The Broader Picture: The plundering of the temple

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The Independent Culture
THE ANCIENT capital of the Khmers, established at the end of the ninth century, centred around a great complex of Hindu temples called Angkor. It has been decaying for centuries, a martyr to Cambodia's history. Today it is not rot, but free enterprise that is destroying one of the world's most extraordinary and enigmatic monuments.

Wealthy collectors are buying up the sculptural masterpieces of Angkor one by one. They don't come cheap: a fine 2ft high statuette may command more than pounds 200,000, and even a badly damaged carving costs tens of thousands. Availability, however, is not a problem: thanks to Cambodia's freelance heritage exporters, good antique shops in the Far East, (such as the one in Singapore in the bottom left picture), are well stocked with desirable pieces. Some of the shops can show their clients video catalogues of figures still in the temple complex: 'You choose and we deliver,' is how one dealer phrased it to a reporter posing as the agent of a rich collector. It's a bit like buying through a mail order catalogue.

The Angkor temple complex covers over 80 square miles and contains 50 temples - though hundreds of related buildings are found scattered over a far wider area. The most famous of the temples - and one of the most glorious - is Angkor Wat. It was the epicentre of the Angkor empire which in the 12th and 13th centuries stretched from the East China Sea to Burma. Successive kings vanquished their neighbours and built temple after temple in honour of the Hindu gods.

In 1432 the Khmer built a new capital at Pnom Penh, and the temples of Angkor went into a long, slow decline. Buddhist monks moved in, living in huts in the temple grounds. But slowly the jungle took over, the roots of huge silk-cotton trees fastening round the masonry, water eroding the stonework, lichen eating into it. The first looters arrived.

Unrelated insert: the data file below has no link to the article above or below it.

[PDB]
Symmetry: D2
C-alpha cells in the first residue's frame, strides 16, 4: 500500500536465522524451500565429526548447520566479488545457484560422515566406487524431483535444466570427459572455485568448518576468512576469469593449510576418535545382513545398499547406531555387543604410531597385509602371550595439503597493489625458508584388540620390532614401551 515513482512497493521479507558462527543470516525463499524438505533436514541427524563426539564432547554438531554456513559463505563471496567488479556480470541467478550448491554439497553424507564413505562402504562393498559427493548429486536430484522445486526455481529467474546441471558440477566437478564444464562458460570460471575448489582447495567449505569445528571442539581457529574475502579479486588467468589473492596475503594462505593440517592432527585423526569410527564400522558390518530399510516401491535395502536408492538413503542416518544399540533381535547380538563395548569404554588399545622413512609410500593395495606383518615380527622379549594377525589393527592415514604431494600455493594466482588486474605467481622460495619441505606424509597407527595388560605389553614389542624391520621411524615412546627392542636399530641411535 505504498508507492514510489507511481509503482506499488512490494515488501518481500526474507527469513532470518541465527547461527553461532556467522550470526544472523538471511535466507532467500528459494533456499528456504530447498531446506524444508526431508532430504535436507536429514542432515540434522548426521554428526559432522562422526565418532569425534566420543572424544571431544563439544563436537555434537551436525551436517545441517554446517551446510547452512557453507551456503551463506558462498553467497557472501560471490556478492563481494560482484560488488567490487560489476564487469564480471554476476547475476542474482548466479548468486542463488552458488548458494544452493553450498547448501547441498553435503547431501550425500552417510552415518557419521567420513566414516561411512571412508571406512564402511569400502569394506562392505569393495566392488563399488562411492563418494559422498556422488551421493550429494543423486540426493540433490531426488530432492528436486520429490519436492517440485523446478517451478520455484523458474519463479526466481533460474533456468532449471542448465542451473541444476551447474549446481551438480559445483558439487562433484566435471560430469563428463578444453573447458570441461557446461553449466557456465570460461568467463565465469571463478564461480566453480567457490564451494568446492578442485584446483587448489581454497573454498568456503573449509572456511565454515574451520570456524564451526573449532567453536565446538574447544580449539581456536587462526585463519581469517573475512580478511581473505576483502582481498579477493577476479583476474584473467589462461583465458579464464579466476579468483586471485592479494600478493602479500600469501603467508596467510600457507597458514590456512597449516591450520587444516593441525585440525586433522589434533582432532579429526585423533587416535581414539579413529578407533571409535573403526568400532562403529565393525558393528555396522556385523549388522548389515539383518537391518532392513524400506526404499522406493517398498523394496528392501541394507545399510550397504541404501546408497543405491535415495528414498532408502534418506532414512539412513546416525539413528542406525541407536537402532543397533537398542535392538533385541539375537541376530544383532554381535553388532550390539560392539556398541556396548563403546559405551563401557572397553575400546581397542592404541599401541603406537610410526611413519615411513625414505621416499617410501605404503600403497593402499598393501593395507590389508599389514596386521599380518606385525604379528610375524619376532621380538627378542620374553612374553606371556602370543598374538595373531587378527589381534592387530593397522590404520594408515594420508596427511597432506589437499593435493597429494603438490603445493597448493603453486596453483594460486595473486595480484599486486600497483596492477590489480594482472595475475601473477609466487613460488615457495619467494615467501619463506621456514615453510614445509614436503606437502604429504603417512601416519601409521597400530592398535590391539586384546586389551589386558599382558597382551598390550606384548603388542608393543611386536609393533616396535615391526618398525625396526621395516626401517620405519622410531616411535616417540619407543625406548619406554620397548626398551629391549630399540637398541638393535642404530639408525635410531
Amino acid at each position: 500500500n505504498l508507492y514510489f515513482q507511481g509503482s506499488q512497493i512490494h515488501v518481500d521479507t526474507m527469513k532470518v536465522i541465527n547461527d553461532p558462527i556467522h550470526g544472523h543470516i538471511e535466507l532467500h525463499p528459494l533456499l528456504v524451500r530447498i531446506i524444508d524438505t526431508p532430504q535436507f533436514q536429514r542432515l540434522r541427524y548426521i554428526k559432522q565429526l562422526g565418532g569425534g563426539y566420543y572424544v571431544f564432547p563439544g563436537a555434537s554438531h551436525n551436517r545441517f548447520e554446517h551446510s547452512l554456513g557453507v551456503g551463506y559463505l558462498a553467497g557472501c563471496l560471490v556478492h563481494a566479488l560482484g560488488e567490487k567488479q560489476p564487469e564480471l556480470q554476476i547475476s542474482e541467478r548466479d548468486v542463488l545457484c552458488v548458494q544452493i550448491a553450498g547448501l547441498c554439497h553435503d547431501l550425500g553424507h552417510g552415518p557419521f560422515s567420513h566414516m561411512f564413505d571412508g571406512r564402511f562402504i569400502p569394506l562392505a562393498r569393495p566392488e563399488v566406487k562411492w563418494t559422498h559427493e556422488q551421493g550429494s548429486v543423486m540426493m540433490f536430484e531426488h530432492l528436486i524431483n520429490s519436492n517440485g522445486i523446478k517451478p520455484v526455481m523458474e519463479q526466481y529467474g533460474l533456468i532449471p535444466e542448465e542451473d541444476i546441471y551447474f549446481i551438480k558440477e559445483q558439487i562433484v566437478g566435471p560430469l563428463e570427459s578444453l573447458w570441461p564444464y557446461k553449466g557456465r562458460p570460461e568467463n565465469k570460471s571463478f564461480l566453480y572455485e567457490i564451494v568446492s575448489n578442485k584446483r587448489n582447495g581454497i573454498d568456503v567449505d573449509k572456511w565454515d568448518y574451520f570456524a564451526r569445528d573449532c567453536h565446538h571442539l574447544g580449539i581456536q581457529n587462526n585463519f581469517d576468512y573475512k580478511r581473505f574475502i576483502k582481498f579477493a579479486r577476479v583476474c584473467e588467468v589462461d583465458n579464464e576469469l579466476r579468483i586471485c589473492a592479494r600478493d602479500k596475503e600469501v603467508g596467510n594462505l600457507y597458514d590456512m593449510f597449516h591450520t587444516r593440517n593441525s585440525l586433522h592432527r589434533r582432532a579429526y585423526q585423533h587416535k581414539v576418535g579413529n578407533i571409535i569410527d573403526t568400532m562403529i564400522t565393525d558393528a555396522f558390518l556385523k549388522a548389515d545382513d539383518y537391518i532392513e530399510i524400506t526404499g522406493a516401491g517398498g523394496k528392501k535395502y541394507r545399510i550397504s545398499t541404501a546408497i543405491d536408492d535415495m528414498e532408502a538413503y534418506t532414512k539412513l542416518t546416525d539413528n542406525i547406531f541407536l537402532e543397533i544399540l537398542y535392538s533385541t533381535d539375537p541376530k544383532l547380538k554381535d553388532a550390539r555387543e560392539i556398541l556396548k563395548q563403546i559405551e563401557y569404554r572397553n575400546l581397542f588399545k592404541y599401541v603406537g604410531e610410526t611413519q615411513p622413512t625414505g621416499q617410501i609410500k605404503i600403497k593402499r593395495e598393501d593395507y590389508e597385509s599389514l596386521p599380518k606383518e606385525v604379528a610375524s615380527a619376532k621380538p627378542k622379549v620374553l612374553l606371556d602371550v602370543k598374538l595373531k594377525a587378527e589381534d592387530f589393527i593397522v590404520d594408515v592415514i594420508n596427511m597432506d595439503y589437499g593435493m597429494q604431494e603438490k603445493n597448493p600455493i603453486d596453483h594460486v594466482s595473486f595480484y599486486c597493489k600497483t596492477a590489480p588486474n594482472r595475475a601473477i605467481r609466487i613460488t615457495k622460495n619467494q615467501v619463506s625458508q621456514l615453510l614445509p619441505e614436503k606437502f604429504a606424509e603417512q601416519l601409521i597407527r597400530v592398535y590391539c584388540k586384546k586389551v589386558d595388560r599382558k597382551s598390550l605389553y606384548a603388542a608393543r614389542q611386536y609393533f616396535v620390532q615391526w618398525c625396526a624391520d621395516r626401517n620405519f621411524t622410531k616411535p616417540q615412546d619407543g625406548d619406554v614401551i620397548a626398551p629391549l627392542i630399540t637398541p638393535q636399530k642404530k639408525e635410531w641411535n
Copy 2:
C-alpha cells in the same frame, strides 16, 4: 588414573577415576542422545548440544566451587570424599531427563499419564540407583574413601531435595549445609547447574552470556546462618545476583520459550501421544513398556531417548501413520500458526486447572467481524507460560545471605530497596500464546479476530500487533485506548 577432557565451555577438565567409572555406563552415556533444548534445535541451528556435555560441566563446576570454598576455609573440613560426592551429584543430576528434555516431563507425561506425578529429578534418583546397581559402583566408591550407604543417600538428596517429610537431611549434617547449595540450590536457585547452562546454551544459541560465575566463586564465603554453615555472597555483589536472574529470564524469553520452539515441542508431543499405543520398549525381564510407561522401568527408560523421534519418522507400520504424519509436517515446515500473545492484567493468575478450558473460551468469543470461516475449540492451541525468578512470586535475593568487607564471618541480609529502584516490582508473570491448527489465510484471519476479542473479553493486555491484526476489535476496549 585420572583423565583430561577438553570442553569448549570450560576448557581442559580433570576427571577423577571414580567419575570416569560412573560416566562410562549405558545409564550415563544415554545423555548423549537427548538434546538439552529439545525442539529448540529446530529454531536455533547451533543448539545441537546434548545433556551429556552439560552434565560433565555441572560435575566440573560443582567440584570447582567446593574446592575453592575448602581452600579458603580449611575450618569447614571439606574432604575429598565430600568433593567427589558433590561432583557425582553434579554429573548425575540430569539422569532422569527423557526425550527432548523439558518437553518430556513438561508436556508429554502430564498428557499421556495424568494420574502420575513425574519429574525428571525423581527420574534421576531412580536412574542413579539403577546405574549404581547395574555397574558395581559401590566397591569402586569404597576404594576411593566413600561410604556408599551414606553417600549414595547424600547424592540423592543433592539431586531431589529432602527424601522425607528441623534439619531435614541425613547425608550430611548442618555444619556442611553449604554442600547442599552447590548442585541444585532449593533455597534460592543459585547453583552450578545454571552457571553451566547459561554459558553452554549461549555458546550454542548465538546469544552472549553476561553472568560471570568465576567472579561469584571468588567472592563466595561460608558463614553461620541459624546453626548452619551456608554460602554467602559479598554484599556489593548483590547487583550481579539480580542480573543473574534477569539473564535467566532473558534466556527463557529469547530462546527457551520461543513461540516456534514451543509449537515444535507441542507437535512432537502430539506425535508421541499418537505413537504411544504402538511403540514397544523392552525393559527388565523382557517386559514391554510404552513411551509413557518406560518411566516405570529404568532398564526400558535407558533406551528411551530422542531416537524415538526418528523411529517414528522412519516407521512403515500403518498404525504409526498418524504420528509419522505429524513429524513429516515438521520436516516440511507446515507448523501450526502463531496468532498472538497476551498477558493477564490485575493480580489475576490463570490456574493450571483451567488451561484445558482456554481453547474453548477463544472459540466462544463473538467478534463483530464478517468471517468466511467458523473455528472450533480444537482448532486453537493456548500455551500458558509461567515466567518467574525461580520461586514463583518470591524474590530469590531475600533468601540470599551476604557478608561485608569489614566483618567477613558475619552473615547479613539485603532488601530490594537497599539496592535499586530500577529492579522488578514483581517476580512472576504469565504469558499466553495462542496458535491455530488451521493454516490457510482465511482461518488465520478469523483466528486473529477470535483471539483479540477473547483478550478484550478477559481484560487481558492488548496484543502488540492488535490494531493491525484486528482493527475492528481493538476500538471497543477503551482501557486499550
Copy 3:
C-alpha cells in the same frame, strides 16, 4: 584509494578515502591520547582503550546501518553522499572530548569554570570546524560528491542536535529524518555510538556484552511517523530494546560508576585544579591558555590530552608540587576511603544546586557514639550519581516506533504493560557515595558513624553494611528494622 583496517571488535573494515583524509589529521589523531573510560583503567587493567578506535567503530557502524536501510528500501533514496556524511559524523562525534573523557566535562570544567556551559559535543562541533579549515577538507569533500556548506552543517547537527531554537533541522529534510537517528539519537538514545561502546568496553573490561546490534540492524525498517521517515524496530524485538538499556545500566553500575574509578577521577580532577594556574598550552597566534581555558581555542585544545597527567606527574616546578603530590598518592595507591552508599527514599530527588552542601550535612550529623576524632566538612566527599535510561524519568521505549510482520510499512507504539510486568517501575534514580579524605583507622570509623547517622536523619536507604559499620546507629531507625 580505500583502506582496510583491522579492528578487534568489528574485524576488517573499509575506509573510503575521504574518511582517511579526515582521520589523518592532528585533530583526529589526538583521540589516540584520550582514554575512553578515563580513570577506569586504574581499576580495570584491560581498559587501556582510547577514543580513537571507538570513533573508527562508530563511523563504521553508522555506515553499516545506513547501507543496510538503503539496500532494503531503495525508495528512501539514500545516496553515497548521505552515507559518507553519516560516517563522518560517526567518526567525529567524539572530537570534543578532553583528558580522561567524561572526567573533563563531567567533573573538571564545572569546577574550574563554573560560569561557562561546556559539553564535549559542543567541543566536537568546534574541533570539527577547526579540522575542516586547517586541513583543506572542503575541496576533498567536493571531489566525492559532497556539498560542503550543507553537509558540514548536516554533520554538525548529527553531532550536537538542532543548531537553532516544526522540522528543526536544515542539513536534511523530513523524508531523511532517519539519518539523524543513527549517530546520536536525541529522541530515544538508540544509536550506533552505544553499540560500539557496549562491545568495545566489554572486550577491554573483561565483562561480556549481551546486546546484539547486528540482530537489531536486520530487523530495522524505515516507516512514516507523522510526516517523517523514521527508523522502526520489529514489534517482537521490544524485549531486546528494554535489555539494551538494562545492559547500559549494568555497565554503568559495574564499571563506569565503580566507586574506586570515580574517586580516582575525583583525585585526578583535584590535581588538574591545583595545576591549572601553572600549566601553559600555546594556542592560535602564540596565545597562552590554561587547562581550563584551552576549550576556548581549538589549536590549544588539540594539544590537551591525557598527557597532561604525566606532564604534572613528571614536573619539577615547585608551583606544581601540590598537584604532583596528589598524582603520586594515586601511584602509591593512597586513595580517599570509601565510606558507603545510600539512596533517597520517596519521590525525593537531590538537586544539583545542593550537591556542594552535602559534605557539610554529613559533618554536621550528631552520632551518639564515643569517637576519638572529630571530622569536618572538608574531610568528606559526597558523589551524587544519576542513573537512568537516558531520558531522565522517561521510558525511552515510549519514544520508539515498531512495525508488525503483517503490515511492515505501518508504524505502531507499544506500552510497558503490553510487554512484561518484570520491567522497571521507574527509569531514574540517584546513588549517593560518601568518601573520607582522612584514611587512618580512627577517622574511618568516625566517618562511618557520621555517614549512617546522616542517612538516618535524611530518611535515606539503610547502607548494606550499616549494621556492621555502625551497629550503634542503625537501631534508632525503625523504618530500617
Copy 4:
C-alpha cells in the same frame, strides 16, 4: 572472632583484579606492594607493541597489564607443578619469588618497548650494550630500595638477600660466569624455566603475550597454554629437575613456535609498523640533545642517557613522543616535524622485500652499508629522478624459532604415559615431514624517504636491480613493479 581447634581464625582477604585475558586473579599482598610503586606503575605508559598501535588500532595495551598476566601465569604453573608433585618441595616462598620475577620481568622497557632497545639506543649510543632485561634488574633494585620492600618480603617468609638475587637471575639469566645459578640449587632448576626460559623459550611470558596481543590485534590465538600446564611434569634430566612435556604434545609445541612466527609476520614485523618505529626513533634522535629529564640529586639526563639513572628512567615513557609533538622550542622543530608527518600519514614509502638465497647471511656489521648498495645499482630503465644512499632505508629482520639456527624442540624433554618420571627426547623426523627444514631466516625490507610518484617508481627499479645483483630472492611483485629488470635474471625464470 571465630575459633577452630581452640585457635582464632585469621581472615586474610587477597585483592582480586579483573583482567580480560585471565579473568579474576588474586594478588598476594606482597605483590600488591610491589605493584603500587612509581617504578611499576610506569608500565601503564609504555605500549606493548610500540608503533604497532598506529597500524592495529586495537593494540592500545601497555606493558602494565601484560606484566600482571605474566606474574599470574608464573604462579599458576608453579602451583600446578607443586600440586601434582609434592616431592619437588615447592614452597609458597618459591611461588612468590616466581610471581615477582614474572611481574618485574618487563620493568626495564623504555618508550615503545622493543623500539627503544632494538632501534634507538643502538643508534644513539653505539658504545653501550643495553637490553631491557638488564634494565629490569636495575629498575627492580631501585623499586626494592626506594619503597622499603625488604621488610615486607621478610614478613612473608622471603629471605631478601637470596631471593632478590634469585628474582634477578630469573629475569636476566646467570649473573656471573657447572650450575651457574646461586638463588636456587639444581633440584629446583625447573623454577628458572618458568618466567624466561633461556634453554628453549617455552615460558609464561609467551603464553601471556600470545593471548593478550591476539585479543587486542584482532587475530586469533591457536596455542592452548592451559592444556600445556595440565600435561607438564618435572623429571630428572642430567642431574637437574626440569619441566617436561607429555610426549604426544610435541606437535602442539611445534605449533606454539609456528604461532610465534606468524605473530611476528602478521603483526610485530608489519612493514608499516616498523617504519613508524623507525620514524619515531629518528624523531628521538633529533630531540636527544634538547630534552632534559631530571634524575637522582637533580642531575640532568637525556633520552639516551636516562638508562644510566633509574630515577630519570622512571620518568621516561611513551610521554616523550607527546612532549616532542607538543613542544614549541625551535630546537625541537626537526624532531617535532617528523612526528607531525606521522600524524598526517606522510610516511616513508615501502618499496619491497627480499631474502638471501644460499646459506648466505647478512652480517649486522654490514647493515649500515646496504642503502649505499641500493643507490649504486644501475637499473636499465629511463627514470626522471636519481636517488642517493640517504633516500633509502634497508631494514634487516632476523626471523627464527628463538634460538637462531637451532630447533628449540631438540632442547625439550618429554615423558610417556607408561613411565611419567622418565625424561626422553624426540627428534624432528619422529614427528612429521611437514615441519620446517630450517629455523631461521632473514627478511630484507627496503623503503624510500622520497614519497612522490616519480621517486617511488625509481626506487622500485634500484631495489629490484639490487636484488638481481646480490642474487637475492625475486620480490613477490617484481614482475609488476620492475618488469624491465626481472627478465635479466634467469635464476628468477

In the middle of the last century a French botanist, Henri Mouhot, discovered and marvelled at the temples, and subsequently the Ecole francaise d'Extreme- Orient commenced the task of restoration - work that continued until the overthrow of Prince Sihanouk and the outbreak of civil war in 1970. Since then the invasions of nature and human greed have resumed without check.

Today, the task of protecting Angkor seems to be beyond the impoverished fledgling authority in Pnom Penh. Various defensive ploys have been attempted. Hollow concrete replicas of heads of deities were set up in place of the real ones, which were put in storage; but the ruse was exposed when one took a bullet in the brow during fighting and the shell went straight through (as seen in the main picture). An armed guard now keeps watch over particularly valuable pieces in a conservation depot in Siem Reap, where 7,000 artefacts are stored - but the few guards, such as those pictured here, are no match for the bandits, who carry grenade launchers and machine guns. Three raids have been carried out on the depot since November, with the loss of 30 objects.

Last year Unesco declared Angkor a World Heritage Site and drew up a master plan for an area of 2,000 square miles. A plan is what it remains. But optimists might draw hope from the words of certain soothsayers of Pnom Penh. In 1969 Han Suyin, the Chinese writer and Cambodia enthusiast, heard them predict invasion, massacre and the exile of Prince Sihanouk, descendant of the Khmer kings, a full year before the disaster began to unfold. The same seers went on, however, to predict Sihanouk's return, the coming of peace, and the restoration of Angkor to its ancient glory. So it has come to pass. In part.-

(Photograph omitted)